Pope still plans Egypt visit despite bombings

Cornelia Mascio
Aprile 11, 2017

The Copts, whose presence in Egypt dates to the Roman era, have long complained of religious persecution and accused the state of not doing enough to protect them.Coming on Palm Sunday, when Christians mark the arrival of Jesus in Jerusalem, the bombings appeared created to spread fear among Copts, who make up 10 percent of Egypt's population.They also raised security fears ahead of a visit to Cairo by Roman Catholic Pope Francis planned for April 28-29.Coptic Pope Tawadros, who was leading the mass in Alexandria's Saint Mark's Cathedral when the bomb exploded, was not harmed, the Interior Ministry said. Gen. Hussam Ad-Din Khalifa, director of security in Gharbiya Province where Tanta is located, when he tried inspecting the damage at St. George church.

At least 17 people were killed at St Mark's Cathedral in Alexandria, the historic seat of Christendom in Egypt.

St. George is one of three Coptic Christian congregations in the Seattle region.

"We see dozens of reports of enforced disappearances, torture and extrajudicial killings occurring in Egypt, even without the emergency law", said Ahmed Abdallah, head of the board of trustees of the Egyptian Commission for Rights and Freedoms, which monitors forced disappearances in Egypt. "How does it help me feel protected going into church?" ISIS often uses Amaq news agency to claim attacks after they have happened.

At the end of his Palm Sunday Mass, the leader of the world's Roman Catholic Church said, " I pray for the dead and the victims.

The measure took effect at 1pm, with Egyptian security forces blocking off streets and placing cordons around Egyptian churches.

So-called Islamic State (IS) said it was behind the blasts in Tanta and Alexandria on Palm Sunday.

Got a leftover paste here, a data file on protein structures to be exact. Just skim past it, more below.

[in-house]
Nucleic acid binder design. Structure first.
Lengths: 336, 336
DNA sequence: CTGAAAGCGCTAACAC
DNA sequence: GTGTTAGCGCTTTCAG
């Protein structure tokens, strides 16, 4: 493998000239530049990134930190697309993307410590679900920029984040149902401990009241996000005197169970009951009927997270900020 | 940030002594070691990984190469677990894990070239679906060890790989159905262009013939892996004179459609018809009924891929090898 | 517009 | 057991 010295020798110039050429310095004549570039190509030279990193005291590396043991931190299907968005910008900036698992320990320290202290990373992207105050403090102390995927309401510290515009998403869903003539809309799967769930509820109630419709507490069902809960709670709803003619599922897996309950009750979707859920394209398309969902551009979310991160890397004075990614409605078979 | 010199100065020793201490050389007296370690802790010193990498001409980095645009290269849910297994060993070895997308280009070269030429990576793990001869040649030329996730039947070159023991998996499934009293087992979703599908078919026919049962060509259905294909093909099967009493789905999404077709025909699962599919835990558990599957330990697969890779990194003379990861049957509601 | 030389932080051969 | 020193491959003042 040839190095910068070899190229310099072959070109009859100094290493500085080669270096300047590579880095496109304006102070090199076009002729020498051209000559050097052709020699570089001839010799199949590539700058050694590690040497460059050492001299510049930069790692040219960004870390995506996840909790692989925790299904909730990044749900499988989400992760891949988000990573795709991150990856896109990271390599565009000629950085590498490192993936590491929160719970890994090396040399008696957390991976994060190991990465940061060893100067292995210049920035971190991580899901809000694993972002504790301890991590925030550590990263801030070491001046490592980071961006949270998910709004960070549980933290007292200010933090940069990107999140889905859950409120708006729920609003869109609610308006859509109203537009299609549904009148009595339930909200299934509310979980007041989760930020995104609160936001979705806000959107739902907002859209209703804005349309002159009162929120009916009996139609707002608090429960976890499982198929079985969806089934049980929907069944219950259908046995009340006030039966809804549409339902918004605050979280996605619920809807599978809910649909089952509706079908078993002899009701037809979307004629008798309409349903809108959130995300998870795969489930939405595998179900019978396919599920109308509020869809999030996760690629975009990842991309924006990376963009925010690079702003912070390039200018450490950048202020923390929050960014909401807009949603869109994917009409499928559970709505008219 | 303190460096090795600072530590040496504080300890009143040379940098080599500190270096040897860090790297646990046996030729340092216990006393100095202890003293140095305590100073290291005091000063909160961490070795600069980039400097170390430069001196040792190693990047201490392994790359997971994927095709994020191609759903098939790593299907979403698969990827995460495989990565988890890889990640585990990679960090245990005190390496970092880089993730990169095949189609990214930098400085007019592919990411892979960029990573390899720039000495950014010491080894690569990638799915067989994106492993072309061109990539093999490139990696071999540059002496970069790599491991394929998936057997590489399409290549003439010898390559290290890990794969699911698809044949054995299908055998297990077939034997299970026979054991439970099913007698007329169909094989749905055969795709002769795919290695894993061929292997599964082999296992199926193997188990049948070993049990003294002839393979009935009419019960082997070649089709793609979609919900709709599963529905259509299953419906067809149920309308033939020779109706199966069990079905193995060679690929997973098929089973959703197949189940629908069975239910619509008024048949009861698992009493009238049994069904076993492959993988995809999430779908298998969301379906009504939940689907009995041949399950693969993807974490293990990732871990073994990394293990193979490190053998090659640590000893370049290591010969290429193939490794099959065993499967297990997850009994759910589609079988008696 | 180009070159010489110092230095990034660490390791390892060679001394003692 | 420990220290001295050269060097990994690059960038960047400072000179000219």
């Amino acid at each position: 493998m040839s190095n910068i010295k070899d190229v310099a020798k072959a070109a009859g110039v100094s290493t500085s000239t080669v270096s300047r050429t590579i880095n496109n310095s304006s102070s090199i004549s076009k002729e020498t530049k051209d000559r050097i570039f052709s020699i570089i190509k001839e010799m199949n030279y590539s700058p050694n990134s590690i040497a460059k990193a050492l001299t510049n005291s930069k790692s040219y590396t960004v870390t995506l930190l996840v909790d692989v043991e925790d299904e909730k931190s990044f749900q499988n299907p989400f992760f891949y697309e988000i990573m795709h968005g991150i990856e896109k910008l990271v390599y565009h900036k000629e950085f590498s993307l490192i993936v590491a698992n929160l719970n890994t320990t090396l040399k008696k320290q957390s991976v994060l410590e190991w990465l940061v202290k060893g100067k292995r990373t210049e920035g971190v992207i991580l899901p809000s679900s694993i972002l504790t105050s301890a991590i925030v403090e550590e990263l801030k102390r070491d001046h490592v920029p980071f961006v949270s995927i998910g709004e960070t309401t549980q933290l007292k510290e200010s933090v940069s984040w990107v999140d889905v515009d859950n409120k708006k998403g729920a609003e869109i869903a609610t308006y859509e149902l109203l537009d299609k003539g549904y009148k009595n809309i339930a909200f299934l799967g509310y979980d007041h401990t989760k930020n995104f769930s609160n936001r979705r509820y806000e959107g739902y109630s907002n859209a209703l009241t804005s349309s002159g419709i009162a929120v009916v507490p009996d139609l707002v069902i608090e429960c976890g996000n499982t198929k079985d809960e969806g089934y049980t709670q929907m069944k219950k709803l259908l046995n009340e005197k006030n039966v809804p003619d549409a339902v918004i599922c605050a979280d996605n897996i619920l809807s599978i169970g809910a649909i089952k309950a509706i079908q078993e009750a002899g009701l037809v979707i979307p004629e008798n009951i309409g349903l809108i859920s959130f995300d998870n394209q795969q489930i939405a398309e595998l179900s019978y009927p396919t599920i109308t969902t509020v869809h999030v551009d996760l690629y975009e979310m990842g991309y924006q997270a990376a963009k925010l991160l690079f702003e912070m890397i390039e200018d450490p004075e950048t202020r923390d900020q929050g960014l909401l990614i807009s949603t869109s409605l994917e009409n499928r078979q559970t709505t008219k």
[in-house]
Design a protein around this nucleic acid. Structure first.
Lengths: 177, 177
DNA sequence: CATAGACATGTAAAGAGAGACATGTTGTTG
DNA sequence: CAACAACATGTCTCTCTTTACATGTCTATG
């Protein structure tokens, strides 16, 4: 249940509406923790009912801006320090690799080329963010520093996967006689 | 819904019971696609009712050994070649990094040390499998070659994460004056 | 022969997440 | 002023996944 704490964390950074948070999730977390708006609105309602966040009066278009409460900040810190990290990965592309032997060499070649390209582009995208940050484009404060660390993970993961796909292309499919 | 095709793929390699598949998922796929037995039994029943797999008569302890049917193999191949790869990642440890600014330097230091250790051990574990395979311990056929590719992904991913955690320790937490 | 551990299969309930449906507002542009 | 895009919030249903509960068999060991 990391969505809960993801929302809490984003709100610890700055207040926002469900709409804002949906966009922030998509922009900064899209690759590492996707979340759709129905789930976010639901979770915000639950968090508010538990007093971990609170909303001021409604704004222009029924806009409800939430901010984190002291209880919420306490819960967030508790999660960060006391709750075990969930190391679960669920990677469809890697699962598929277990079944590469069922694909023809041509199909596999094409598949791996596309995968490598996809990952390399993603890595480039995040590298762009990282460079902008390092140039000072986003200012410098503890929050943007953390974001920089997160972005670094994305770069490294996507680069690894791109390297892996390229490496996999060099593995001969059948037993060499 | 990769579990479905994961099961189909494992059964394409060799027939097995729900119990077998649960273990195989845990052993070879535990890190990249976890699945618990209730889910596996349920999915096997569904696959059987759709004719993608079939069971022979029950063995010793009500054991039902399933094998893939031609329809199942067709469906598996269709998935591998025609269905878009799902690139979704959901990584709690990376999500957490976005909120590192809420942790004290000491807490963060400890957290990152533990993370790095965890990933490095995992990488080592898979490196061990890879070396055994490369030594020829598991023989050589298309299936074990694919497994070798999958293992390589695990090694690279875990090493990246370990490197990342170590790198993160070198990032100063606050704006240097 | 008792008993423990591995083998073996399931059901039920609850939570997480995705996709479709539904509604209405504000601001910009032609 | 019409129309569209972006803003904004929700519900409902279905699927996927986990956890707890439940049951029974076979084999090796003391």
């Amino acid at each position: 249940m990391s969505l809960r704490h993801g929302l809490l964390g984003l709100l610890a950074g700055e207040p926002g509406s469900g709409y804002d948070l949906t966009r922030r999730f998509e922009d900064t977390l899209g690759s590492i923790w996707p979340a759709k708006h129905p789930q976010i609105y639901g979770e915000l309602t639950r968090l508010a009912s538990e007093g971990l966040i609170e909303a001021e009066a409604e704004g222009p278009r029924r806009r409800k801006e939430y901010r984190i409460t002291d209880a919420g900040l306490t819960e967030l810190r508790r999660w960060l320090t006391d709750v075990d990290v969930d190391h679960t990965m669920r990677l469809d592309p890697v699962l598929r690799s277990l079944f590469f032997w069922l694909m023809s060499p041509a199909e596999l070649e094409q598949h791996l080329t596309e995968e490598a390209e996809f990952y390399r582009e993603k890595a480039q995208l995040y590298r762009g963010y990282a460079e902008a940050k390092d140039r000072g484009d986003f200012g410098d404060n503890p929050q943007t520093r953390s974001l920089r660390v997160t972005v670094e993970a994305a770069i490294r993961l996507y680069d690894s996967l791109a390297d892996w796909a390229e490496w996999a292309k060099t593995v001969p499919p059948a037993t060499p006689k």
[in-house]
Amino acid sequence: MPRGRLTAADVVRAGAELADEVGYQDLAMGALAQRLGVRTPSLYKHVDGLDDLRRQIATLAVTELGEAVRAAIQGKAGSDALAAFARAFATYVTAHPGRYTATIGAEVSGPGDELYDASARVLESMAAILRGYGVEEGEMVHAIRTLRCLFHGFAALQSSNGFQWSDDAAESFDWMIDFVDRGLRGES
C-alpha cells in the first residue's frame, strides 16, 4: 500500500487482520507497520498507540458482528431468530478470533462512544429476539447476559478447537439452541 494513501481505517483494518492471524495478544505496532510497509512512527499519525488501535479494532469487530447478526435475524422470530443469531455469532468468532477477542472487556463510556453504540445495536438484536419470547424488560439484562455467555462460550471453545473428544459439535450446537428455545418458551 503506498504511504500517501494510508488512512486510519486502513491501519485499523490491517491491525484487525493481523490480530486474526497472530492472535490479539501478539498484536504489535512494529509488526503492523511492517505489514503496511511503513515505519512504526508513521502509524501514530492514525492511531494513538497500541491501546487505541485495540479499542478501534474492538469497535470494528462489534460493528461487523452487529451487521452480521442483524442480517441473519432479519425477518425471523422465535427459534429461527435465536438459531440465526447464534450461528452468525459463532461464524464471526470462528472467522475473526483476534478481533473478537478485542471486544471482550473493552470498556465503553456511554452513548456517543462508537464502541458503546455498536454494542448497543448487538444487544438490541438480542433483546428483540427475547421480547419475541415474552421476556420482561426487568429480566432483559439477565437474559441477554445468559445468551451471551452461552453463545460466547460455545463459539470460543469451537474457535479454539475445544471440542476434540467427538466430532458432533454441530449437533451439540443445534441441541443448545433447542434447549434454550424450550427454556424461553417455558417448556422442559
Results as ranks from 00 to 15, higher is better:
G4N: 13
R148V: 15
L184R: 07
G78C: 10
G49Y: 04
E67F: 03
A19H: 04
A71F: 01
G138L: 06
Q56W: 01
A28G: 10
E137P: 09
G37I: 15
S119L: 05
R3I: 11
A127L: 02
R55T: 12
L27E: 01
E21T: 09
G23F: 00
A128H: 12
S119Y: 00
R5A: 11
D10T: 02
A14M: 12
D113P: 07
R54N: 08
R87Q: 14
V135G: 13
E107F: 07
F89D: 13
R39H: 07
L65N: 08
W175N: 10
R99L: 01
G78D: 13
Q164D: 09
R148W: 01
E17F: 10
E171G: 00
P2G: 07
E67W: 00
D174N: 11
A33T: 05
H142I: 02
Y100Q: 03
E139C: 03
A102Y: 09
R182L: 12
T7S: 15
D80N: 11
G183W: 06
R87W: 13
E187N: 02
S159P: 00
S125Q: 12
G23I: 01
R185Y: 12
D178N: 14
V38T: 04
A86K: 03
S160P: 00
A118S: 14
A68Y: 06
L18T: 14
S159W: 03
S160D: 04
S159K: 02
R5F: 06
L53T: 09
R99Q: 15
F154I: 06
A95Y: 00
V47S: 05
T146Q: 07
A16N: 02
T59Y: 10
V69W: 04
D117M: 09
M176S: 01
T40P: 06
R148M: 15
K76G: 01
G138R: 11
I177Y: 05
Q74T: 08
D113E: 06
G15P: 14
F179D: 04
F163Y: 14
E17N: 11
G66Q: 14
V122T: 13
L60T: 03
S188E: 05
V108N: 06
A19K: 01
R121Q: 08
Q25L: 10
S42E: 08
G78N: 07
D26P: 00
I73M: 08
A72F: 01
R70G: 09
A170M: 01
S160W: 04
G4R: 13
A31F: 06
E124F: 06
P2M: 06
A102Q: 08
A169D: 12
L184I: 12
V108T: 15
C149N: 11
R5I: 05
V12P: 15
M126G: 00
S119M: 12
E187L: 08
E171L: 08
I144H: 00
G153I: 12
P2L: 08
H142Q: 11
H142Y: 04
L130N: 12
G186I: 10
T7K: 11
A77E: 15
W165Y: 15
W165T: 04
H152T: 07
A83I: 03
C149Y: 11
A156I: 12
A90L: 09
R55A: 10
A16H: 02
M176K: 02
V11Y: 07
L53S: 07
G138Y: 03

"The United States will continue to support Egypt's security and stability in its efforts to defeat terrorism", the State Department's official announcement about the attacks read, according to Fox News. "In 2013, Christians were targeted in a spate of attacks after Morsi was ousted in a military coup".

In a statement, Egyptian President Abdel Fattah el-Sisi condemned the attacks, saying the "outrageous" action "targets both the Copts and Muslims of the homeland".

Citizens in Tanta told CNN they believe security is poor and demanded it be changed.

Copts have faced persecution and discrimination that has spiked since the toppling of Hosni Mubarak's regime in 2011.

Along with others, the Pope expressed his grief after the church attack.

"We are seeing simultaneous attacks, based on strong information, targeting big churches across the country".

Francis plans to visit Egypt in the near future visit in what he called a solidarity visit with the Coptic Christian community. More recently, hundreds of Christians fled Egypt's volatile Sinai Peninsula after militants aligned with the Islamic State affiliate there killed several who were attacked in their homes or in drive-by shootings.

The attacks highlighted the difficulties facing el-Sissi's government in protecting Christians, who make up about 10 percent of Egypt's population.

Those attacks followed one of the deadliest on Egypt's Christian minority, when a suicide bomber hit its largest Coptic cathedral, killing at least 25 people in December a year ago. The three church attacks in December and now April also suggest an expanded presence of jihadist cells west of the Suez Canal separating the Sinai proper from the rest of Egypt.

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